Households could save hundreds of pounds a year with water-saving tips and gadgets – just as many regions prepare for a hosepipe ban.
Even better is many devices that help save water and money are handed out for free by water firms, though this does depend on where you live.
The average annual water bill went up by 7.5 per cent this year, from £417 to £448.
While this bill is some way off the £2,000 average household energy bill, or the increasing tariffs for groceries and mortgage payments, it is still worth keeping under control if possible.
Troubled waters: A hosepipe ban is here for parts of Kent, Sussex, Devon and Cornwall
Aside from the money-saving argument for saving water, there is an obvious environmental reason to preserve this resource – even though water companies lose millions of litres-a-day through leaks.
Already this year hosepipe bans have been brought in by South East Water and South West Water.
But households can save money on water with gadgets and common-sense approach to how they use this vital resource.
Saving water only means lower bills for households with a water meter fitted, though saving water can mean saving money on energy bills too – if you use less shower water, for example.
There are two ways gadgets can help you save water – through using less of it and by recycling water that would otherwise go down the drain.
1. Water-saving shower head
These devices work like a standard shower head, but cut down the amount of water being used.
For example, a Flowpoint water-saving shower head uses around 7 litres of water a minute, compared to the typical 15 used by a standard shower head.
These shower heads normally cost £10 to £20 and can be easily installed without a professional.
Against the flow: These shower heads cut down on the amount of water going down the drain
However, these water-saving devices – as well as many others – are given out free by some water providers.
For example, homes in the Maidstone area of Kent qualify for free water-saving shower heads, as well as many other freebies.
But it all depends on where you live. Thames Water customers in London do not qualify for any such free items.
To find out what you can get, put your postcode into the Save Water Save Money website.
2. Water butt
Water butts are designed to collect rainwater, which can then be used for tasks such as watering the garden.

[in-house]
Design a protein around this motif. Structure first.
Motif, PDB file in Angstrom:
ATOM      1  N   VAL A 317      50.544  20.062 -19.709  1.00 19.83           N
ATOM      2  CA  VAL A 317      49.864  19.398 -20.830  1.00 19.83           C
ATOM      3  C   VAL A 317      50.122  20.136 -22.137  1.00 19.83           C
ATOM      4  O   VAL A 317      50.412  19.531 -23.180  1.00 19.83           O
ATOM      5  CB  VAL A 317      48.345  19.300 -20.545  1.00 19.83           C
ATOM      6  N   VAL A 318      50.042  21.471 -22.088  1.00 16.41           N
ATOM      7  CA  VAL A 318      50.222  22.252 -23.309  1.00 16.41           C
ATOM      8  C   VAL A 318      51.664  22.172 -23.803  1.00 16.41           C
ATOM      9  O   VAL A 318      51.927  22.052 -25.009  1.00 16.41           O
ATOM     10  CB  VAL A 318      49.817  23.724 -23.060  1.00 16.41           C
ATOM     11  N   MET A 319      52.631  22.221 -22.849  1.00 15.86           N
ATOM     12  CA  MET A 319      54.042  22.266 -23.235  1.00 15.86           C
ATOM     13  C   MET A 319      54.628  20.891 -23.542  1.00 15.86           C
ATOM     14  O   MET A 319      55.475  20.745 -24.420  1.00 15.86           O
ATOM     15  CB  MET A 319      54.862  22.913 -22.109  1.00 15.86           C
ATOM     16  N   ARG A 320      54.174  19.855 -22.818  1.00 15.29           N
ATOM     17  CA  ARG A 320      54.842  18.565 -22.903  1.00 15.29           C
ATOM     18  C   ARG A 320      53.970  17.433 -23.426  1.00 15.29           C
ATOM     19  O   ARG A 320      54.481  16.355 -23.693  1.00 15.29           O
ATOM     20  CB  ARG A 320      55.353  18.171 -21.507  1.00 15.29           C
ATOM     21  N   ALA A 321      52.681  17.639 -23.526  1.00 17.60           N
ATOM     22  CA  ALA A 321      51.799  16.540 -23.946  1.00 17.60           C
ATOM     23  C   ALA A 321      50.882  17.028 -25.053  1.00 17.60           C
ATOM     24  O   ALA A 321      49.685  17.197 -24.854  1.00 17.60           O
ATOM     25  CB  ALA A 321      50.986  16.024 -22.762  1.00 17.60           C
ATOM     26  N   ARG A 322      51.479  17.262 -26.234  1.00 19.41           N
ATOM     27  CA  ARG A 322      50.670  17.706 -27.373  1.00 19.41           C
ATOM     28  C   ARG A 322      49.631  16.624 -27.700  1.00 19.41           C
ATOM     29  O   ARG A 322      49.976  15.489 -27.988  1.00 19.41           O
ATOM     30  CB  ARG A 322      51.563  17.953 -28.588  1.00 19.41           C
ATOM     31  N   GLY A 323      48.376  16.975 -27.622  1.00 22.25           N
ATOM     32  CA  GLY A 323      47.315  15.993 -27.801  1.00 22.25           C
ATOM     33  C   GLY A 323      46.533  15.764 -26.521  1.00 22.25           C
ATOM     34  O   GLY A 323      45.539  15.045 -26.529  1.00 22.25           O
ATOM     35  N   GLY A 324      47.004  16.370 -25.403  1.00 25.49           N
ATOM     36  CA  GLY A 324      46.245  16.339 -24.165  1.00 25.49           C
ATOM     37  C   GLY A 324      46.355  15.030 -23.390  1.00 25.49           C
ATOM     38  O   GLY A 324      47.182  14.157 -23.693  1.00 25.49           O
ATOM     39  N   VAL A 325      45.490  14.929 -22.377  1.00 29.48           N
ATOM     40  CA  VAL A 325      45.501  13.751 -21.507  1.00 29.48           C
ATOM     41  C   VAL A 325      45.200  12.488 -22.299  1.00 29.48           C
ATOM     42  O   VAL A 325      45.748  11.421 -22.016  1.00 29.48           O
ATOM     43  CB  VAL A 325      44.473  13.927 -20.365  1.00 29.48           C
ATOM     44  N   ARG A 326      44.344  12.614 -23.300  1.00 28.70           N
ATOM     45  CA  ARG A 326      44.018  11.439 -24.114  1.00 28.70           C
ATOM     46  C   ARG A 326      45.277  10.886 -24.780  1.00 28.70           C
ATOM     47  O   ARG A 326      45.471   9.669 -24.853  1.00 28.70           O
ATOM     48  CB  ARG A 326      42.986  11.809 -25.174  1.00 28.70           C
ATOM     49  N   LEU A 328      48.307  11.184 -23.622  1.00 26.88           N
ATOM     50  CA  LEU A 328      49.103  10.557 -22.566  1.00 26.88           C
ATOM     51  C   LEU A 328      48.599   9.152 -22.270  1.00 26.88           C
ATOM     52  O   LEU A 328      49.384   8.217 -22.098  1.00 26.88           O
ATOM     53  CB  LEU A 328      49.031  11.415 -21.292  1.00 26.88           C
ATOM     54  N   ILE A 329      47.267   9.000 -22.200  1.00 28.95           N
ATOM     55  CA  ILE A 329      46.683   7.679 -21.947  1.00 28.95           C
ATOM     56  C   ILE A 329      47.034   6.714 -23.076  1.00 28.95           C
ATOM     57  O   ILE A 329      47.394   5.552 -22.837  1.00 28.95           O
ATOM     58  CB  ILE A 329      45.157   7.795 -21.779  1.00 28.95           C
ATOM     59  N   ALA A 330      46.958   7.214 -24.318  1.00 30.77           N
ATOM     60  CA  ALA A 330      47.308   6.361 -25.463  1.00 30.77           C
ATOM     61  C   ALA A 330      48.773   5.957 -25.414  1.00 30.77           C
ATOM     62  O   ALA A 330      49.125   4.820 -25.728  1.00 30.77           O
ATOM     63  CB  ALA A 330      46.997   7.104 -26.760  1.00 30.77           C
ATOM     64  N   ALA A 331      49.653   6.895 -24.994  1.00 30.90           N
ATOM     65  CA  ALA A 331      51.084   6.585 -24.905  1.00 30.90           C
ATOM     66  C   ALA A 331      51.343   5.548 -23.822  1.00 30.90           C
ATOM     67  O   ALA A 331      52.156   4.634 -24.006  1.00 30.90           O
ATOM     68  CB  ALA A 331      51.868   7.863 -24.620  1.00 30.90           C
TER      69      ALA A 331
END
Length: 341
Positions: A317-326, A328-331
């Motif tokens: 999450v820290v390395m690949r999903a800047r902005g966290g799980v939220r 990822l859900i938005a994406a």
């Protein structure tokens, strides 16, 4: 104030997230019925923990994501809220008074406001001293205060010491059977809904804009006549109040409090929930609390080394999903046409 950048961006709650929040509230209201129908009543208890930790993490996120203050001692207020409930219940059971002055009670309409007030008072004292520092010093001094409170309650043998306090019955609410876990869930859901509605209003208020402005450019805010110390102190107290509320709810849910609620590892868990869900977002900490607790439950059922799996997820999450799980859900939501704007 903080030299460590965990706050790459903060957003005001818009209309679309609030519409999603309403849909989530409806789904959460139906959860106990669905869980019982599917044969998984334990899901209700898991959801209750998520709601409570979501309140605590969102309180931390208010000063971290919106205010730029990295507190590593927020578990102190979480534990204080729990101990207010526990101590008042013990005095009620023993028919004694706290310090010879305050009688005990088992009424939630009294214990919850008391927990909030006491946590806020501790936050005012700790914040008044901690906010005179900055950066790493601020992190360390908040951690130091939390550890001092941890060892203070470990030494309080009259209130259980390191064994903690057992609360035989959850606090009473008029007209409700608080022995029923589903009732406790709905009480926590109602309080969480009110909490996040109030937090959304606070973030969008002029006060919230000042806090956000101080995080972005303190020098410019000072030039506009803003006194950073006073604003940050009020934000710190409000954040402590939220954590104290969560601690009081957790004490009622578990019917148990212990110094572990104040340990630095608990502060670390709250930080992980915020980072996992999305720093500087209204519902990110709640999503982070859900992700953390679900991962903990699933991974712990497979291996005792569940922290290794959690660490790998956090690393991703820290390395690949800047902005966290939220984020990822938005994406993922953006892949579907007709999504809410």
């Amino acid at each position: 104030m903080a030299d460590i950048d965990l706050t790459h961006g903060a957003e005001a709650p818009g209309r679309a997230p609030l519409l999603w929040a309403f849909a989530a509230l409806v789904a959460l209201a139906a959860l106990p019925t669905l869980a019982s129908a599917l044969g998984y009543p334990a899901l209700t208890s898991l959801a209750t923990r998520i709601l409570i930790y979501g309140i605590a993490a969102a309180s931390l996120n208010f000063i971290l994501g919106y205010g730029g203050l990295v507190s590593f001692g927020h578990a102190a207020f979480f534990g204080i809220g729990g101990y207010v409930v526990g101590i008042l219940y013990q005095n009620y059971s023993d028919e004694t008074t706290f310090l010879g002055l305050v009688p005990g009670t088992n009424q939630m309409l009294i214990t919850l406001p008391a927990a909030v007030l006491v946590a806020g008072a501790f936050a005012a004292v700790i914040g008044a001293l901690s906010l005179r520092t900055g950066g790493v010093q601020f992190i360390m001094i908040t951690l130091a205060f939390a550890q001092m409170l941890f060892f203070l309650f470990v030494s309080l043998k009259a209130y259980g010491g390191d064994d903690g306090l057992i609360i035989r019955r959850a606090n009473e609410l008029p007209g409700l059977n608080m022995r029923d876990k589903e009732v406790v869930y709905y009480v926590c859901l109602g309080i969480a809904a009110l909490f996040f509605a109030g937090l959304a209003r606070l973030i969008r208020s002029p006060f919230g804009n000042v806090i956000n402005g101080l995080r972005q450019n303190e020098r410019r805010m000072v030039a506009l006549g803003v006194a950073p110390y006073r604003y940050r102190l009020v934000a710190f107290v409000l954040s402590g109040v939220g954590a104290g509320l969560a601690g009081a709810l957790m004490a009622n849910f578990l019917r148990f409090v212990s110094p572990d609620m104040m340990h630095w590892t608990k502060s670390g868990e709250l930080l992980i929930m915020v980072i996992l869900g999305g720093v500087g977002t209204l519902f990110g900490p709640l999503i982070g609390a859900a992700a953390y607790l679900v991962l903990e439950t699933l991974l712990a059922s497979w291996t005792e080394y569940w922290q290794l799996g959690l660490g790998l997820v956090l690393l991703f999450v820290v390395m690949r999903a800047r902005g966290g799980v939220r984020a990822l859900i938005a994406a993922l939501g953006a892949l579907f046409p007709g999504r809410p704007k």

Water feature: Many gardeners install water butts to their sheds for convenience
These cost from £25 to £40 for a basic 100 litre water butt to £40 to £100 for a 200 litre one, though fancier versions are available too.
The idea is these connect to downpipes leading from house gutters then collect and store rainwater that would otherwise go down the drain.
Many gardeners fit guttering to their sheds and then collect water that would otherwise have drained away into the soil.
Even a relatively small shed can fill a 100 litre water butt by the end of a rainy week.
3. Water Two
This £35 gadget is designed to collect ‘grey’ water – the water used when we run a sink, take a bath or shower or use a dishwasher.
The average home uses 5 to 13 litres of water per minute of running a shower, and up to 80 when taking a bath.
The Water Two gadget can be fitted to your external waste pipe, which takes water from your bath or shower to the drain.
It then diverts this water into either a water butt or irrigation system for gardens.
However, users have to divert this grey water back down the drain when using cleaning products like bleach, which will kill plants.
Water gathered in this way also cannot be stored for more than 48 hours, as bacteria will build up.
In hot water: The Water Two device diverts bath and shower water for use in the garden
The Royal Horticultural Society also warns not to overdo using grey water in gardens, and to never use it on anything you plan to eat.
But before there was the Water Two, there was the humble bucket.
Eco-friendly gardeners have long been putting a bucket on the floor of their shower to catch water that would otherwise run down the drain.